Reviewed: Amazfit Cheetah Pro Smartwatch

On paper, the Cheetah Pro is Amazfit’s most complete offering, but does the AMOLED-screened, multi-band GPS watch deliver on its promises?

Photo: Chris Foster/Triathlete

Review Rating


The Cheetah Pro is Amazfit’s best smartwatch yet, boasting a decent battery life, an AMOLED touch display, multi-band GPS, and a full slate of tri features, but it does have issues with usability and accuracy.


  • Better-than-advertised battery life
  • Surprisingly excellent and bright AMOLED touchscreen and watch faces
  • Crazy amount of features/functions/sport modes
  • Decent built-in run coaching
  • Light weight
  • Competitive price


  • Hit-or-miss GPS/elevation accuracy
  • Maybe too many functions
  • Inconsistent touchscreen/bevel/buttons performance
  • No running with power
  • Very limited on-watch post-workout data







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So I’ll start this off by saying that this isn’t the first Amazfit watch I’ve tried out, but a quick search of our site will show that it’s the first one I’ve reviewed. Though I had a chance to check out one of their previous, super-affordable sport-focused smartwatches, I didn’t rate it high enough to even warrant a review. It felt so unfinished and beta, I didn’t even know where to begin.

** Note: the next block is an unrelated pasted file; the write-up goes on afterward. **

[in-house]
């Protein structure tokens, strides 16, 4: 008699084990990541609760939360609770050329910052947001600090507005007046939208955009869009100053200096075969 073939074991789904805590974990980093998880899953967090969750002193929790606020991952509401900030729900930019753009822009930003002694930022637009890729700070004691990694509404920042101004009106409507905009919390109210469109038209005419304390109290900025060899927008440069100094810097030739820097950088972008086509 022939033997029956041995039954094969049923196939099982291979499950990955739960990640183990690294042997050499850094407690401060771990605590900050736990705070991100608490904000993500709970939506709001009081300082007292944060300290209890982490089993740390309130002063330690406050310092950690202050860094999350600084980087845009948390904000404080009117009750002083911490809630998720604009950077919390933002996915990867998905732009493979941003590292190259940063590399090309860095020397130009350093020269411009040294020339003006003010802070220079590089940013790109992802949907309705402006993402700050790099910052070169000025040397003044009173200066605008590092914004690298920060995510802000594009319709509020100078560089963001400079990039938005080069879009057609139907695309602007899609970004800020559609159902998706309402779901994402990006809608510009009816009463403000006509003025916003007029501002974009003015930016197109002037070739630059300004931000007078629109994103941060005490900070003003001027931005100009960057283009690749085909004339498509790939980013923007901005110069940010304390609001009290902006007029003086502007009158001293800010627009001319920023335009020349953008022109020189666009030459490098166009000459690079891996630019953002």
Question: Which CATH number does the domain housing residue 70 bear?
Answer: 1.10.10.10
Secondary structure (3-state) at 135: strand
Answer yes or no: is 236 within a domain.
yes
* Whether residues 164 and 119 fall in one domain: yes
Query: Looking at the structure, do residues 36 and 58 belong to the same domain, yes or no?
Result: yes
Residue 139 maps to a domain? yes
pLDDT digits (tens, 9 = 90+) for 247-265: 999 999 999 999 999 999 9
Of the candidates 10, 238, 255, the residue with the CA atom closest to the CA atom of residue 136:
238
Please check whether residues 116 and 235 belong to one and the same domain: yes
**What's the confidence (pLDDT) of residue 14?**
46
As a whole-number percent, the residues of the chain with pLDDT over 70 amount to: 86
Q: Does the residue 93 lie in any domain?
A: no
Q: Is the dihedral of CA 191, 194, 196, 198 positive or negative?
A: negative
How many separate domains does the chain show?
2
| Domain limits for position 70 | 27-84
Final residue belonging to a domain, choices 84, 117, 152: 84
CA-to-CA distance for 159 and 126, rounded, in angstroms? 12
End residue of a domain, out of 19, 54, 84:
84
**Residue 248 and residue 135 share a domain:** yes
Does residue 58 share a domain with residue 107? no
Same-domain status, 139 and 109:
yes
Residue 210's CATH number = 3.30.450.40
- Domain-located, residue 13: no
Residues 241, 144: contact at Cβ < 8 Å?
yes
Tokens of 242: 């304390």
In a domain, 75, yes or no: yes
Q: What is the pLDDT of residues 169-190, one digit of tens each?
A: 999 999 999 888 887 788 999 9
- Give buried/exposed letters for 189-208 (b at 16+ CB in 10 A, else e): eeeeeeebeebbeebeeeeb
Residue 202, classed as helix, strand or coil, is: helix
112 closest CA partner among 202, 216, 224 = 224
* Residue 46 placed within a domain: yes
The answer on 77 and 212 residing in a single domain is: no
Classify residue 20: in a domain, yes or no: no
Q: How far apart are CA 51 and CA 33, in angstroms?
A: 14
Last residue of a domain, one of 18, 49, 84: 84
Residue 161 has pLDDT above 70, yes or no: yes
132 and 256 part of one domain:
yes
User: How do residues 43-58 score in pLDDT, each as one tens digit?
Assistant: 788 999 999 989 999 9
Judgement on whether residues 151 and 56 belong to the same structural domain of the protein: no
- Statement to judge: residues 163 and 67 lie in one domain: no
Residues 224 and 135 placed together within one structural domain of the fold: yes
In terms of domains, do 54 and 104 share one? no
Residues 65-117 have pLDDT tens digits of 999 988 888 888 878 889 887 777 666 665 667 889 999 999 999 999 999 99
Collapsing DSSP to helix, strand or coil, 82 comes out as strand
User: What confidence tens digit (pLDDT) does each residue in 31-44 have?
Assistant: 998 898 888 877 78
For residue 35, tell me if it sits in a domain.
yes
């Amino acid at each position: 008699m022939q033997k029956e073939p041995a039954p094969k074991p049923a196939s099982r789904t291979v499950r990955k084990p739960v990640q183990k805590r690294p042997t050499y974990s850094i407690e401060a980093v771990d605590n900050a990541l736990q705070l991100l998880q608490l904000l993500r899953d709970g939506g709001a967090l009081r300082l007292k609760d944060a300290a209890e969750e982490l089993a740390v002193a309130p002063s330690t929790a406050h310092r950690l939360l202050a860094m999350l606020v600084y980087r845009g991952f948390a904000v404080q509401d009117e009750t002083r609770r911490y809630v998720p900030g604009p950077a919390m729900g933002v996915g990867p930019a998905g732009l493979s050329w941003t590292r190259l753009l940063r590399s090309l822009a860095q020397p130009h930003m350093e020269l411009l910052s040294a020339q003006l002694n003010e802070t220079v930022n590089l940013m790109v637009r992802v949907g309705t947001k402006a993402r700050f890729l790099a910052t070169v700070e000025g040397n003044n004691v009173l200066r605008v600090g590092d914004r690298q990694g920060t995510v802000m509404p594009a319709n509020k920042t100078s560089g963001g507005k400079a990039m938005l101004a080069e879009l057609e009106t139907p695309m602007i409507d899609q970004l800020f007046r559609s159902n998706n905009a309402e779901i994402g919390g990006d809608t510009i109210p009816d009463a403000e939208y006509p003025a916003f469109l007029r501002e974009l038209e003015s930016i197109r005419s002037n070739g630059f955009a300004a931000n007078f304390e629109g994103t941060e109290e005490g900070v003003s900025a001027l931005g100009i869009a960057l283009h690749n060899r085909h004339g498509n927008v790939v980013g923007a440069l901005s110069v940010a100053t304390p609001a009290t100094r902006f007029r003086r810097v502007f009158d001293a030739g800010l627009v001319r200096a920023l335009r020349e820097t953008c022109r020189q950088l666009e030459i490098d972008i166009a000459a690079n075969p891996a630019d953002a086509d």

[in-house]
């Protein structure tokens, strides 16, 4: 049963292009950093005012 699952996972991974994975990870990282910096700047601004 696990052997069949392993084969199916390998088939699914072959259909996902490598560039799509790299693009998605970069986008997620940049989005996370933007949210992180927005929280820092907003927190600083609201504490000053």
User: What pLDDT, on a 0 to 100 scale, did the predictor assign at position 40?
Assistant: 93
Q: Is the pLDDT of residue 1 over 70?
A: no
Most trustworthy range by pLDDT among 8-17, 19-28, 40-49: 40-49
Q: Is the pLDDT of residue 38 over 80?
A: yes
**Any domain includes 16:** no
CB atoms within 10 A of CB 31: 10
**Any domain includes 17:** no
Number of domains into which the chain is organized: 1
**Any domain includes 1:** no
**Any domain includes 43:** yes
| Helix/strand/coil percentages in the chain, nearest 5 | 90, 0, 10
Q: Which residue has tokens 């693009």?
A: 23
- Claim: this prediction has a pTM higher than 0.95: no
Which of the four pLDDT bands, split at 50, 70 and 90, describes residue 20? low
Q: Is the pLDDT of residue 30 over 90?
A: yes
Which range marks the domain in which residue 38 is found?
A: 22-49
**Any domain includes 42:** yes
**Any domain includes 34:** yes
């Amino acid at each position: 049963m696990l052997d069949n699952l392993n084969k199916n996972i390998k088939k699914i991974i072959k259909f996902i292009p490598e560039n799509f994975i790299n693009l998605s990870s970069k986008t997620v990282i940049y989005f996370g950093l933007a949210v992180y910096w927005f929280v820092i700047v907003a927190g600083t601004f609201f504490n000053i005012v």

But rewinding even further, some history first: Amazfit is a Chinese brand established in 2015 with very very limited presence in North America. Most of their smartwatches are a little more “lifestyle” focused. Think: cheaper Fitbit.

As such, their limited traction in the U.S., coupled with limited interest in endurance sports—especially triathlon, with open-water swim/tri/multisport/etc. features—means it probably isn’t on a lot of triathletes’ radars. But with the release of the mostly capable Cheetah Pro, Amazfit is worth another look (with a few caveats, below).

RELATED: The Best Triathlon Smartwatches of 2023, Reviewed

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Amazfit Cheetah Pro Review: The Basics